By “data experience,” I mean the user experience (UX) of data, information, stories, insights, dashboards and other artifacts of evidence or subjective truth.
The UX of data involves anyone using data and information to make decisions. An inroad to understand data experience is around measures of success. The way people can experience data about impact or performance can have varied influences and outcomes on our behavior. A negative one may happen when evaluating success focuses more on metrics than the intended outcomes. This can happen when determining the performance and impact of a person, project, service or policy.
For more relevant examples, consider a mandate requiring paperwork to be processed in 30 days. The measure of success can orient people towards meeting a 30-day timeframe, not expediting the process. To improve this process, exploring the role of mandated metrics on people’s behaviors offers a more holistic understanding of the problem.
Policy and program metrics can also center on the number of people served without sufficient attention on the quality of that experience or whether people benefitted from the service or product.
The business, philanthropic, educational and nonprofit sectors struggle with performance metrics similarly.
In light of this, ask yourself, “Are mandated metrics helping me to design a better service or product? Are they working against me? Do they have any role at all? How would others on my team / project respond to these questions?”
Unpacking the power that measures of success have on human behavior is nothing new. People have been researching this for decades, and experiencing it even longer. I’ve shared this with many managers who have acknowledged that their teams may be incentivized towards the wrong thing or might be confused as to what indicator of success is most important. It’s complicated stuff. I don’t have all the answers, but I’ve found it’s uncommon to research how measures of success (and data, more broadly) are experienced within organizations or by external partners or the people ultimately being served.
Co-creating or -evaluating the effectiveness of these measures, especially with frontline teams and “end users,” also seems to happen infrequently. Why is that?
Many of us in work in environments where responding to urgencies occupies much of our attention. It’s hard to prioritize other things when there are so many pressing needs. Our colleagues and bosses can feel engulfed by fires. Problem prevention research or even a discussion about the UX of success metrics may seem out of touch within a fire containment work culture.
Given this context, we need an ethical and effective way to frame our ask for this sort of conversation and research.
The diagnostic may help by trying to answer three questions:
Why do measures of success shape people’s behaviors in my work place (including my own)?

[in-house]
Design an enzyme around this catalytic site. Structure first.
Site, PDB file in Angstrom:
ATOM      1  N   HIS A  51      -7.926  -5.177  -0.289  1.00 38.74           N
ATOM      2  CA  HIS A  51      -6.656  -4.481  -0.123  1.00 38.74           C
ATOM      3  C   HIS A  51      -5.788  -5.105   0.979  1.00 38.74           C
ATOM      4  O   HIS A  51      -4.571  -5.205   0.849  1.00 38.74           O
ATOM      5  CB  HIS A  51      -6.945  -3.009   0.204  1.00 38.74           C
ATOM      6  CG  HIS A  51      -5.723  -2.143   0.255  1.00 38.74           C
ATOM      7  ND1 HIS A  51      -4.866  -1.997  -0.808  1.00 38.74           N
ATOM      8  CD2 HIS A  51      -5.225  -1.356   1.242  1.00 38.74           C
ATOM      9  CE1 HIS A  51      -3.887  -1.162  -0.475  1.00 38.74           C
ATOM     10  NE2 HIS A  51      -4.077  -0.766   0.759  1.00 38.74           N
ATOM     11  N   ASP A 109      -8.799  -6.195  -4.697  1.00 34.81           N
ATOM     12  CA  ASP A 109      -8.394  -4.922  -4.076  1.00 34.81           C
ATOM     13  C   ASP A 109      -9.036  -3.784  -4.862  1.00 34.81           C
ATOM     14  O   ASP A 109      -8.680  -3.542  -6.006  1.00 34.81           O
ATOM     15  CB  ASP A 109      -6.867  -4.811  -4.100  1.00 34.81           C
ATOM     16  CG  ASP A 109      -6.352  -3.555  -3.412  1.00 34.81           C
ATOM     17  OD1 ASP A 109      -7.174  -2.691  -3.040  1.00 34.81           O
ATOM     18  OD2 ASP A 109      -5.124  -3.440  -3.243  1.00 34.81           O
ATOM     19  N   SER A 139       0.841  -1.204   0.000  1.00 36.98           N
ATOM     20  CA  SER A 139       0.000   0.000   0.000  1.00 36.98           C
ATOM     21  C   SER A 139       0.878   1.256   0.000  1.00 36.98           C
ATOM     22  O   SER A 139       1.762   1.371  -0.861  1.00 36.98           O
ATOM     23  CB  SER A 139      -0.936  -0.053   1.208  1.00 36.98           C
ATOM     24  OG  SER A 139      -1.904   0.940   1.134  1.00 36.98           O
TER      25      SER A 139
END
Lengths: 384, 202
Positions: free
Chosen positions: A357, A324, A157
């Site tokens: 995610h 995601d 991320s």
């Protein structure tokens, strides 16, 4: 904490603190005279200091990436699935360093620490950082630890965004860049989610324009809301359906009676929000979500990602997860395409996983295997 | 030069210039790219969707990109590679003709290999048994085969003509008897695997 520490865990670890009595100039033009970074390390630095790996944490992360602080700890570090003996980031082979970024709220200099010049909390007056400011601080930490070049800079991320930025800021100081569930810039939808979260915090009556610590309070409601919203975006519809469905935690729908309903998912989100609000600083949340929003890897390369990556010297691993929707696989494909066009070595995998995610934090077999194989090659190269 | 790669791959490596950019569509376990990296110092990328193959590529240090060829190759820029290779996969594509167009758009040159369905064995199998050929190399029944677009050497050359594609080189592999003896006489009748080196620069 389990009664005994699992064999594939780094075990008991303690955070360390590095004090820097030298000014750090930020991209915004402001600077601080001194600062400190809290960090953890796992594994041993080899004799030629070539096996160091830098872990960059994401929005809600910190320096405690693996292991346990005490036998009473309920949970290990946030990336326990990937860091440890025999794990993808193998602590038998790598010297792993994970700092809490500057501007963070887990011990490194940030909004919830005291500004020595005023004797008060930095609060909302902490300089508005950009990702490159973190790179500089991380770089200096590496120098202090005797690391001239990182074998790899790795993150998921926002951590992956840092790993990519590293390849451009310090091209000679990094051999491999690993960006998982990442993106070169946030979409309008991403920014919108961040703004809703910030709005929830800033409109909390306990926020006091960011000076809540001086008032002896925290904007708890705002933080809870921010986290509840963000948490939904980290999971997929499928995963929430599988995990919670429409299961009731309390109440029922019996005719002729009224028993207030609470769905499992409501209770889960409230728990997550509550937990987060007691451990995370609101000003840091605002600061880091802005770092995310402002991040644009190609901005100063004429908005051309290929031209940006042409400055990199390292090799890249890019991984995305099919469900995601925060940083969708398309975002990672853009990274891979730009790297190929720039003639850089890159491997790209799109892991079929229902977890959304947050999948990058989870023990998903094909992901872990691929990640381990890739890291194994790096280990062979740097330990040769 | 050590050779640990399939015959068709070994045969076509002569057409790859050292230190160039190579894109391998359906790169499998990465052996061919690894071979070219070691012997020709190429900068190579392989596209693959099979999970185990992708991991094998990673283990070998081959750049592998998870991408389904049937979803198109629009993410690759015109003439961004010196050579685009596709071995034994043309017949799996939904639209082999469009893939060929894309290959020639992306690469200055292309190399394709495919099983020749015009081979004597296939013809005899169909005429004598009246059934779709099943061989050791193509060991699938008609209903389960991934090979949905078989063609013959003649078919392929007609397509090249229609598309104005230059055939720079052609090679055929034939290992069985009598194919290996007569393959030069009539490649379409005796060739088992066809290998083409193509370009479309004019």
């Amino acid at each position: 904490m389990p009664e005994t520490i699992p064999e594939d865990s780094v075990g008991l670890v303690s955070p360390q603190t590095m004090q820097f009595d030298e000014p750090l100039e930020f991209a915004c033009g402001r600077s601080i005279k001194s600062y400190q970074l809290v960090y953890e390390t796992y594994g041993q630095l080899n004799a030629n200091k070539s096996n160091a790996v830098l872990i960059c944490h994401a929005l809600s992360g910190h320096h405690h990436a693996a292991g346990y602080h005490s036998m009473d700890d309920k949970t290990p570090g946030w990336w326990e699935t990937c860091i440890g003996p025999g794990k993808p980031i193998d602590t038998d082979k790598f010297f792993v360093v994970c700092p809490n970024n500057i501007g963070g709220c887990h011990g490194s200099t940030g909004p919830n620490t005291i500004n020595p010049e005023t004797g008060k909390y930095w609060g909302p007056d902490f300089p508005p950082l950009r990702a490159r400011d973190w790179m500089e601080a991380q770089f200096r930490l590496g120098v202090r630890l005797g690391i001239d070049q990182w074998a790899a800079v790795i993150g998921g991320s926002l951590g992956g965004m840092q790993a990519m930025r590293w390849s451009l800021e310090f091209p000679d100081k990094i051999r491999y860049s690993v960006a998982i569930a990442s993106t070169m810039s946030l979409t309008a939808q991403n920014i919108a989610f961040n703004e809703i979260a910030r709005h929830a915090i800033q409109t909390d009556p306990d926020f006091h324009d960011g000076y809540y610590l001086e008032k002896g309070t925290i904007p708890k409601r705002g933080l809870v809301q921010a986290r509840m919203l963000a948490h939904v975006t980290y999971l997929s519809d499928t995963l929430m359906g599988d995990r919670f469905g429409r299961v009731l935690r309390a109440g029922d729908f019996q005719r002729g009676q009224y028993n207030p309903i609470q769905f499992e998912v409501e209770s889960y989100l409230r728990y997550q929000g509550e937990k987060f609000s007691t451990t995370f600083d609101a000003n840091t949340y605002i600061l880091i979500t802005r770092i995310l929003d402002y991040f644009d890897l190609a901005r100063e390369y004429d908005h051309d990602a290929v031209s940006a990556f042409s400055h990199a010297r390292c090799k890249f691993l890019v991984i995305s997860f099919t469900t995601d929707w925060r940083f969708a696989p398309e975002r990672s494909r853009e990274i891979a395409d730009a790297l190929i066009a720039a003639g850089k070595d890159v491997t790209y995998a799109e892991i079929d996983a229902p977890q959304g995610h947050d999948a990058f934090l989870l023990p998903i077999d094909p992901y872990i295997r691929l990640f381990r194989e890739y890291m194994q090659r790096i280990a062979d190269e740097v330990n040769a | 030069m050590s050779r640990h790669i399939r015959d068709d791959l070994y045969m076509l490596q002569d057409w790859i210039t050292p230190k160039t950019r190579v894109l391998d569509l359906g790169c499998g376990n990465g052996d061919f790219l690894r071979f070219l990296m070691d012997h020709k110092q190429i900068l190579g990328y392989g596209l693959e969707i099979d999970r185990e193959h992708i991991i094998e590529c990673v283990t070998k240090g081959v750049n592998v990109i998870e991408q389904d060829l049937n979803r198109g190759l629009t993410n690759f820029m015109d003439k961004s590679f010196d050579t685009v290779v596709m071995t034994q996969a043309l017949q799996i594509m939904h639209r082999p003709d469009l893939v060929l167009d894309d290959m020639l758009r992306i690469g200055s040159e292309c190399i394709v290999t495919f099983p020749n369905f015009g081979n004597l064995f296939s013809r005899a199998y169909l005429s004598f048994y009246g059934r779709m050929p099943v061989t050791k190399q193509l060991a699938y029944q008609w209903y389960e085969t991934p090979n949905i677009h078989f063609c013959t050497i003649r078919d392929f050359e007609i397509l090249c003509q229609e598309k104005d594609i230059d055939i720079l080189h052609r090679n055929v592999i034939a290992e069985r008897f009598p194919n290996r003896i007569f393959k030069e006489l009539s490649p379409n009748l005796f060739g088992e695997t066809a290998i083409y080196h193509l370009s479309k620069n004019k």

What may be missing from our current practice of understanding the performance and impact of my team/organization?
What could we do better with others’ help?
The diagnostic is an invitation for teams to ask: “To what degree…
- Are organizational values a part of a decision-tree when creating success metrics?
- Are bias, discrimination and trauma used as a lens to examine performance metrics, dashboards, and evaluative practices?
- Is there shared knowledge about data or its use in the organization?
- Is there recognition and support for the different ways frontline teams and managers may be experiencing the success metrics?
- Are success metrics of the public or customers aligned or complimentary with those working internally/on back-end systems?
- Is enough time spent on gathering and analyzing necessary data instead of available data?
- Is there genuine agreement on the intended results (and how to measure and recognize them) for a project, product, service or policy?
- Are people experiencing the ‘Spiral of Mistrust’: when frontline teams feel metrics are meaningful only to managers/those with more formal power? In response, these teams treat the metrics as a checkbox in order to return to the real work. If “checkboxing” is discovered by the more powerful their response is creating more metrics to control the frontline teams. The downward spiral continues.
- Is reflection encouraged to understand how historical practices are shaping today’s approach to success metrics?
- Is there uncertainty of how to have the above conversations or shame at what they may reveal?
The “diagnostic” part of this tool include identifying which of the obstacles you’re experiencing, to what degree, add what’s missing, unpack assumptions, prioritize them, explore what could be done differently, then prototype, test and learn how the changes are going.
OK, so how to do all of this?
Here is a template to get you started. The diagnostic includes a simple implementation plan.
Acknowledgments: I’m grateful for feedback from those I have trained in using the diagnostic across San Francisco government, the Rapid Research Evaluation and Appraisal Lab, the federal Service Design in Government group and the Innovation Skills Accelerator. (Last updated 1 June 2022)